I don’t really have one. I’m fond of certain places – Roll For The Soul in Bristol, or Brixton Windmill for example – but from a playing stand-point, there’s nowhere that’s obviously better than anywhere else. From a watching stand-point, I like non-standard venues. Theatres, churches, boats, that kind of thing. I think it keeps a well-worn idea (i.e. playing live gigs) fresh.



Who would you site as your biggest influences musically?


There’d be such a list! Plus, a lot of the time, your favourite bands aren’t necessarily the ones that have influenced you, only you might not realise that. Off the top of my head, I’d say PiL, Wire, Pixies, Talking Heads, Thee Oh Sees, Big Black, Pere Ubu. Rosie has a completely different list, needless to say.



If you could augment your band with the addition of any musician and instrument – what would you choose and why?


Well, a drummer is the obvious. We originally had a human drummer to go with the drum machine, so we’d get that double-drummers thing but with a small difference. After Rosie switched to guitar, we couldn’t find a permanent drummer, and we eventually settled as a two-piece. Outside of that, I’d go for a Martin Swope / Brian Eno sound and tape manipulator type of person, or a Bob Nastanovich percussionist / general mayhem generator. Fun people.



Favourite band of 2014?


Trust Fund. Or Nehruvian Doom, if that counts as a band.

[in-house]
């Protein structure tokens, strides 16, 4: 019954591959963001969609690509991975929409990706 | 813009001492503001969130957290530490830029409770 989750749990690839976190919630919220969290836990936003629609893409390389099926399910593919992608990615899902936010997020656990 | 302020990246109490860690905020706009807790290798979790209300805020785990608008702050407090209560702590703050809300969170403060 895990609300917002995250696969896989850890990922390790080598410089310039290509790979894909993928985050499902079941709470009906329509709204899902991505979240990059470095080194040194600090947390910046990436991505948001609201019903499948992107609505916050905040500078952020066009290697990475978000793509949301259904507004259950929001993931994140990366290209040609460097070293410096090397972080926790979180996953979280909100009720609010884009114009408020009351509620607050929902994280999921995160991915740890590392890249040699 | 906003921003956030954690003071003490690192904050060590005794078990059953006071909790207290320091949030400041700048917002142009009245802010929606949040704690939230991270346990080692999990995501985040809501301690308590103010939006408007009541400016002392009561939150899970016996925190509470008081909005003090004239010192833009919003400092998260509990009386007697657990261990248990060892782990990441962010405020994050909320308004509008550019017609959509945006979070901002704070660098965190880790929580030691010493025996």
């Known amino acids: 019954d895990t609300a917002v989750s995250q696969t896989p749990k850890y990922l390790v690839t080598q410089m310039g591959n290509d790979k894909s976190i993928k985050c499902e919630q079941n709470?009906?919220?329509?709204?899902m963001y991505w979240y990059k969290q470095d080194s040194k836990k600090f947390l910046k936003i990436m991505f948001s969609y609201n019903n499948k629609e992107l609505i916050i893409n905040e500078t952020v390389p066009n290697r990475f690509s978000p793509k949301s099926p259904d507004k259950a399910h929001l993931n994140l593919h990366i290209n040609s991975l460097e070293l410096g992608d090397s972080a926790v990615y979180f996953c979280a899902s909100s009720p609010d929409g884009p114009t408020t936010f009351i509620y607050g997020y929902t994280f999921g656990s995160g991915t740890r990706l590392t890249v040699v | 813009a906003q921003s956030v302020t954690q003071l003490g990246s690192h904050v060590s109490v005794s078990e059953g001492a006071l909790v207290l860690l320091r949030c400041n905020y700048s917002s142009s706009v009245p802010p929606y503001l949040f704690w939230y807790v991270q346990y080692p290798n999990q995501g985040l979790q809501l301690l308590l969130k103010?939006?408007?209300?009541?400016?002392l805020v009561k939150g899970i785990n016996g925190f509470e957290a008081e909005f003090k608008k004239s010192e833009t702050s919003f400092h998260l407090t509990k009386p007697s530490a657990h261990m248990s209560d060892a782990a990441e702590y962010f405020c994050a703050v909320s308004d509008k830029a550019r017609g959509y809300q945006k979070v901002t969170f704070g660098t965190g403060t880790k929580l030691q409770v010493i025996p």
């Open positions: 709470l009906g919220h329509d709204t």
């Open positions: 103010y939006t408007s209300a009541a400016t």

Vinyl, MP3, CD or other?


Vinyl always.



If you made a 5 song mix tape to impress a lover, what would you put on it? 


I’d write her five songs and put those on there*. Either that or just put ‘Love Serenade’ by Barry White five times in a row because it’s hilarious. And sexy.



Favourite musical decade?


I think of decades in terms of ‘x5-‘x5, because I think it’s more accurate, at least stylistically. In which case mine would be ’75-’85.



Outside of Music, what are your passions?


Football, though I hate it sometimes. Writing. Skateboard art. Shoes. Girls. Can I say girls?



* I totally wouldn’t but the idea’s pretty good, right? (Very romantic – Thom)






You can catch everything Totem Terrors Here:

Gig Review: The Hookworms, Kogumaza and the Scarlet Rascals



Leeds based psych rock group The HookWorms headlined a 3 band roster at Clwb Ifor Bach in an sonic adventure through effect, peaking lights and wondrous sound.

Off of the back of the wave making album ‘Pearl Mystic’ – The HW’s ( only by their initials in an affront to pseudo celebrity) are looking to build on a stellar reputation with their 11 date ‘Hum’ Tour. The Hum is a ferocious and ominous concept -based on a phenomenon that sweeps the world mysteriously… described thus in the HW’s press release: